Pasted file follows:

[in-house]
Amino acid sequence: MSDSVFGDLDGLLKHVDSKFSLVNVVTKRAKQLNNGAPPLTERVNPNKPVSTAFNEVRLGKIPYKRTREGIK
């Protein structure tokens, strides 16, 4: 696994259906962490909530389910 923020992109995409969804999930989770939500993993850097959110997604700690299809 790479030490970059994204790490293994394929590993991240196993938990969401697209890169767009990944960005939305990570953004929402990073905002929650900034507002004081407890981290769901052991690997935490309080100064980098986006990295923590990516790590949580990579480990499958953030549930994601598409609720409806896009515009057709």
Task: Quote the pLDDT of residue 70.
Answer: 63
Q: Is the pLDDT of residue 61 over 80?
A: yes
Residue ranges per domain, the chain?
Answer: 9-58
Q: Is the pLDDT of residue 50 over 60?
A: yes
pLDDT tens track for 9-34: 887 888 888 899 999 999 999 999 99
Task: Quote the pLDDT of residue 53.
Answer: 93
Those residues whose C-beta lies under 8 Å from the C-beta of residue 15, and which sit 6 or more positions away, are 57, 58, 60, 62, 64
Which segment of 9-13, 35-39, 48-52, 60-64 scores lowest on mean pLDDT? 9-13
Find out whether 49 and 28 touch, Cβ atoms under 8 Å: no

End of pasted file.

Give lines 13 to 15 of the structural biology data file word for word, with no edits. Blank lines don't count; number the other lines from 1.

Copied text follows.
Task: Quote the pLDDT of residue 53.
Answer: 93
Those residues whose C-beta lies under 8 Å from the C-beta of residue 15, and which sit 6 or more positions away, are 57, 58, 60, 62, 64